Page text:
by Eddie Kim It’s hard to feel sorry for places that have long served as hubs of privilege, but that also ignores the imagination and ambition they imbue the rest of the restaurant business with David Chang is in mourning. And when you gaze upon the fine-dining apocalypse, it’s easy to understand why. His cozy little restaurant Momofuku Ssam Bar helped redefine the idea of fine dining in the mid-aughts, becoming one of the rare instances of that cliche actually ringing true. It “rewrote the rules by which critically acclaimed restaurants were supposed to operate,” New York Times critic Pete Wells noted in a glowing … Continue reading THE FINE-DINING APOCALYPSE IS HERE. SHOULD WE CARE?
In America, people who lose jobs don’t necessarily get them back. BY MAX KUTNER Like most of us, Adam Tooze is stuck at home. The British-born economic historian and Columbia University professor of history had been on leave this school year to write a book about climate change. But now he’s studying a different global problem. There are more than 700,000 cases of COVID-19 in the United States and over 2 million infections worldwide. It’s also caused an economic meltdown. More than 18 million Americans have filed for unemployment in recent weeks, and Goldman Sachs analysts predict that U.S. gross … Continue reading The Economic Damage Is Barely Conceivable
by Eddie Kim The government put us in this position by failing to prepare and provide aid. Now they want small businesses and workers to carry the load of the recovery? The money disappeared before my parents ever had a chance. Turns out, $350 billion isn’t much under the weight of a COVID-19 pandemic that’s reshaping the American economy. My dad laughs as he tells me their little Italian restaurant in a Hawaii suburb, a 40-minute drive from downtown Honolulu, feels like a metaphoric dinghy in a storm. We don’t know what to do with the news that Congress is set to … Continue reading REOPENING SMALL BUSINESSES IS JUST A PYRAMID SCHEME FOR THE RICH
Is the economic cost of COVID-19 $150 billion? Or $5.6 trillion? by Geoffrey Joyce As coronavirus deaths and infections plateau in many parts of the country, and as the economic damage of stay-at-home orders mounts, a question is gaining ground: Are we overreacting? Some economists and business leaders believe the costs of constraining the virus have exceeded the benefits. They point to unemployment totals not seen since the Depression and entire industries shut down, compared to virus death totals that may reach only the numbers from a bad flu season (55,000). As more data become available, the epidemiological trajectory of … Continue reading Opinion: Are we overreacting to the coronavirus? Let’s do the math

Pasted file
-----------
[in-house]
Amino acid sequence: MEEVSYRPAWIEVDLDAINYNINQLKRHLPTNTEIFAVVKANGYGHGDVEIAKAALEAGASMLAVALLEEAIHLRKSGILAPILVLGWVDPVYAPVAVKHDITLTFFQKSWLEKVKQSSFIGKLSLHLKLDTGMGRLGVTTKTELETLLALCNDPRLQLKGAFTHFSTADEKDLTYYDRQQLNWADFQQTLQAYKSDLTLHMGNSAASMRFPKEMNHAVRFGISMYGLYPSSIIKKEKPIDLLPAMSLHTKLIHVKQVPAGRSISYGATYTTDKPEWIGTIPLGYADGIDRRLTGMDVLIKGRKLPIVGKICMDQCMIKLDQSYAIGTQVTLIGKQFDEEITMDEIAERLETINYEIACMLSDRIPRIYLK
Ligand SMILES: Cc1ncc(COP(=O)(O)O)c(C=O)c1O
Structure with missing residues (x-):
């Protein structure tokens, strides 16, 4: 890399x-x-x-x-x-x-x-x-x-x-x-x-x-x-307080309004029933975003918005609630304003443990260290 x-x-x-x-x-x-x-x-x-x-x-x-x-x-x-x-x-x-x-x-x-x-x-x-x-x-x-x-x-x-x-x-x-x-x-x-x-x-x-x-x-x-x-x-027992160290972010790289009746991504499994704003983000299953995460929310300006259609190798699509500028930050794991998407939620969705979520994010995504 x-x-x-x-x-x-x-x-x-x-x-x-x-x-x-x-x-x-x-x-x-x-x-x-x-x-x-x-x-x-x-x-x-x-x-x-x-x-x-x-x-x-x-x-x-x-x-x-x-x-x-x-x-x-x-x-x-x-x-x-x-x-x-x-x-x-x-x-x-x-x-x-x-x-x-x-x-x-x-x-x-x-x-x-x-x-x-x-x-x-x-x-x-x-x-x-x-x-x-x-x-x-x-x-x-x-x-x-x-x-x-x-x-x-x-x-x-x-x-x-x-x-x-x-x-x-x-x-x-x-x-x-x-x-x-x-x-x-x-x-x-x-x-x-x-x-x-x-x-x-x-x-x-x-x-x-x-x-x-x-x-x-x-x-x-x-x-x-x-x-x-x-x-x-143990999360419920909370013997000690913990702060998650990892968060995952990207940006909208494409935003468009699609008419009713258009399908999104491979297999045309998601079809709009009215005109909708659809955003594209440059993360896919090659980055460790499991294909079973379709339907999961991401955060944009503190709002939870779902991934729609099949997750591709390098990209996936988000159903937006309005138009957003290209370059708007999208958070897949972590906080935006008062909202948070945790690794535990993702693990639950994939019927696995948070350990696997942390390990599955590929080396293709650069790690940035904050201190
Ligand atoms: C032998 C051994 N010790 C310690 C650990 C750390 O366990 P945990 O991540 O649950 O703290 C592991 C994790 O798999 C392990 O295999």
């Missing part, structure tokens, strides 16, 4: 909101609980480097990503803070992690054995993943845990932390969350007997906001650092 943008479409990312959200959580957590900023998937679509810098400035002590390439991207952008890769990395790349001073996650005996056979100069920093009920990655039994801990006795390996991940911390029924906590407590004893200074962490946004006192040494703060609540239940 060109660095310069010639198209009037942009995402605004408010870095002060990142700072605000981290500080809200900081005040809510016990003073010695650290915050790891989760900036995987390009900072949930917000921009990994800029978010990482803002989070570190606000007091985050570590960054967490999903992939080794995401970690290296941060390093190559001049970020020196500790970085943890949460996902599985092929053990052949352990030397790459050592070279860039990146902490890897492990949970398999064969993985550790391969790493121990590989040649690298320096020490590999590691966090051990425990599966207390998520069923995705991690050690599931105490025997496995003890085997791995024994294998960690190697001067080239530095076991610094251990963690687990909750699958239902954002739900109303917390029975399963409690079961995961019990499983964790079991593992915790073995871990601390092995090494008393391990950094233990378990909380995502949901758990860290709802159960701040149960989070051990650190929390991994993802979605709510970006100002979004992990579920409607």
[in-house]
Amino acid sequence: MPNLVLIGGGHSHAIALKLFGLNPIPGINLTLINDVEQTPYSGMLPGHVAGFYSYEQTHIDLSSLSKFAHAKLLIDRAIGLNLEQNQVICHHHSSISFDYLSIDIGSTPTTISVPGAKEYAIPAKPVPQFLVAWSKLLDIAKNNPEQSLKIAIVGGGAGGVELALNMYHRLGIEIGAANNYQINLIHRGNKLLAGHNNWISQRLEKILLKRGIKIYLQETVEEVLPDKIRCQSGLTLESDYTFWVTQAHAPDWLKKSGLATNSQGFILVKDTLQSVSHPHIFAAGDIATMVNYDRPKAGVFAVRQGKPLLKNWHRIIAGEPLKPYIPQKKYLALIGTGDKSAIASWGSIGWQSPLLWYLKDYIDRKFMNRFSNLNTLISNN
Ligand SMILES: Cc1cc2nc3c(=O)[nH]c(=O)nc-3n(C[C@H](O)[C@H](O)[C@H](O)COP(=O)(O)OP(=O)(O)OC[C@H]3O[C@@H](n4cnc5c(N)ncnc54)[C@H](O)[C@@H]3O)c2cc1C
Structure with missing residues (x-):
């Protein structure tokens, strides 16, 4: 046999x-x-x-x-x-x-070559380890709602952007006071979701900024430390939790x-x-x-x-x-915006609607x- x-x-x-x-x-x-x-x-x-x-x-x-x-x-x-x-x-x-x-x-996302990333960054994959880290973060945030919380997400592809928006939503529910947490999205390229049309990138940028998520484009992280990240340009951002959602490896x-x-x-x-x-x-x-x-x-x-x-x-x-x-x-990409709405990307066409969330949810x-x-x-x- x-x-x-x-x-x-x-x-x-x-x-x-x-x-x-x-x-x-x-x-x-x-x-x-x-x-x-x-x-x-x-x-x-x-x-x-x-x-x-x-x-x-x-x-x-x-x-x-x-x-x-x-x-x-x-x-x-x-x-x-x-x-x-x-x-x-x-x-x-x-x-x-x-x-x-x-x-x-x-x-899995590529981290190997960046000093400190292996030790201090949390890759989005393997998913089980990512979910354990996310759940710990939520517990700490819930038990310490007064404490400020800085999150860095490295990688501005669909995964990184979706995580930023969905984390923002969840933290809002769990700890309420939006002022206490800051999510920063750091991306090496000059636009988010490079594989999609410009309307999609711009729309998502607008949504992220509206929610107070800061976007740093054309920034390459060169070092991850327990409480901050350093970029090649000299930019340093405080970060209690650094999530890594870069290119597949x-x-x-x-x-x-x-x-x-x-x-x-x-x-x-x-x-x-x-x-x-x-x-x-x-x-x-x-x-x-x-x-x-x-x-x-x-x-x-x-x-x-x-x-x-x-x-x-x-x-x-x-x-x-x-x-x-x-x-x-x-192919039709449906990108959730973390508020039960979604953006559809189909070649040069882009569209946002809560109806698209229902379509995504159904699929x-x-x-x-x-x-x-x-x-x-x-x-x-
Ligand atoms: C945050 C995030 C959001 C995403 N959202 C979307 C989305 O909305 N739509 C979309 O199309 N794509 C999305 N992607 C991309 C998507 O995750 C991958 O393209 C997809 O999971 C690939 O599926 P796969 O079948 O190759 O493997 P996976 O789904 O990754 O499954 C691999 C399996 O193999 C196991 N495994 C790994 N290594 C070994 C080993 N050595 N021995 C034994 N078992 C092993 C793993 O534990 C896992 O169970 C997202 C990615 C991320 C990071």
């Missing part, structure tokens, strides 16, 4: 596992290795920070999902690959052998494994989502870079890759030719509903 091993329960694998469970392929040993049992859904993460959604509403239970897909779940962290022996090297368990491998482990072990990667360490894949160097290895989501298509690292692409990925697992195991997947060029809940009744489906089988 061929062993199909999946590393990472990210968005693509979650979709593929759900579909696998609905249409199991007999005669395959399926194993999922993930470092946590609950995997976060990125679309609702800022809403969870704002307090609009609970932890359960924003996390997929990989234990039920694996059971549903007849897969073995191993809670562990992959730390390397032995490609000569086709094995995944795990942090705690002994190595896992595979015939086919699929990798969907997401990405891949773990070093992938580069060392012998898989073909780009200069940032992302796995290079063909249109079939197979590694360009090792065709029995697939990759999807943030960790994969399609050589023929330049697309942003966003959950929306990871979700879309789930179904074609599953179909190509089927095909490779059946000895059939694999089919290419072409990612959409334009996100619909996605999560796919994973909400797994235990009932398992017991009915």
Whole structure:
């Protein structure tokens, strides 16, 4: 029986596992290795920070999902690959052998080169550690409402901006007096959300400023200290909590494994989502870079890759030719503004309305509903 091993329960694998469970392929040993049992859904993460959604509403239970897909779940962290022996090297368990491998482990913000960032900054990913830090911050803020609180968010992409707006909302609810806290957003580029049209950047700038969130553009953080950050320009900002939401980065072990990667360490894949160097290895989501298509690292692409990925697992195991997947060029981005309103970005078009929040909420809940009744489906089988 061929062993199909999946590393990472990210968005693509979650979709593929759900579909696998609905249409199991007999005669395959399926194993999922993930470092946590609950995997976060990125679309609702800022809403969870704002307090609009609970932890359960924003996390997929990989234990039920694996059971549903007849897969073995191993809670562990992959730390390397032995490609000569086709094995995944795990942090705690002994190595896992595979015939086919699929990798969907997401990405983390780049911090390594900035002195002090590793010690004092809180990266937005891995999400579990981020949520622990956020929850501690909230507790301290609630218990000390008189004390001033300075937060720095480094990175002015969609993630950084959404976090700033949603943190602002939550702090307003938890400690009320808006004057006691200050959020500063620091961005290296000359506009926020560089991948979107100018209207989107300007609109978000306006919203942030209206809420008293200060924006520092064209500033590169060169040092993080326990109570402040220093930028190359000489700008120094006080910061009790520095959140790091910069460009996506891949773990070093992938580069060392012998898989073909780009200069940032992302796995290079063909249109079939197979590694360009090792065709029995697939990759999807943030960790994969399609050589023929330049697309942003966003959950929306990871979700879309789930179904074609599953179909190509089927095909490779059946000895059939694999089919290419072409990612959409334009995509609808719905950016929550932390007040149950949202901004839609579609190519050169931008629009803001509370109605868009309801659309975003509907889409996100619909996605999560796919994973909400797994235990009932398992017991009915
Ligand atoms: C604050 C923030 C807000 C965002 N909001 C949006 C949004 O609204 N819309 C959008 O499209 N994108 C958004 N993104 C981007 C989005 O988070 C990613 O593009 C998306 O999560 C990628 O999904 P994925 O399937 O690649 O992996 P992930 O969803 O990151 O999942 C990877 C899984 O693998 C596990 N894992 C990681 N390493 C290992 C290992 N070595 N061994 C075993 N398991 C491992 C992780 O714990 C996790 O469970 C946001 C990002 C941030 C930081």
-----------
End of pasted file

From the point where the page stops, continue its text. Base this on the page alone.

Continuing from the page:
by John W. Whitehead, Rutherford Waking Times “The fact is that the government, like a highwayman, says to a man: Your money, or your life. And many, if not most, taxes are paid under the compulsion of that threat. The government does not, indeed, waylay a man in a lonely place, spring upon him from the road side, and, holding a pistol to his head, proceed to rifle his pockets. But the robbery is none the less a robbery on that account; and it is far more dastardly and shameful.”—Lysander Spooner, American abolitionist and legal theorist Cash may well become a … Continue reading COVID-19 AND THE WAR ON CASH: WHAT IS BEHIND THE PUSH FOR A CASHLESS SOCIETY?
Economists have done the math. By Amelia Thomson-DeVeaux The staggering economic toll of the new coronavirus is becoming abundantly, unavoidably clear. On Thursday, a Department of Labor report showed that a record-shattering 3.3 million people applied for initial unemployment claims last week. And with entire industries shuttered for the foreseeable future, economic output will almost certainly shrink dramatically. As economic forecasts grow darker, talk of tradeoffs is getting louder: Is protecting Americans from COVID-19 really worth all this disruption and economic pain? On March 22, before President Trump floated the idea of reopening the economy by Easter, against the recommendations of his own public … Continue reading What Should The Government Spend To Save A Life?
Noticing what we think (and feel) about money can help us understand our relationship to it. By Craig Hase How do you feel about money? If you’re like many of us, you might not even know the answer to that question. Like water to a fish, our relationship with money can easily become unconscious—just another part of the ocean we’re swimming in. Dharma teachers seldom talk about money in an open way, perhaps because some of their students were drawn to Buddhism for its promise of transcendence and they are not always interested in hearing about the worldly aspects of the … Continue reading Meditating on Money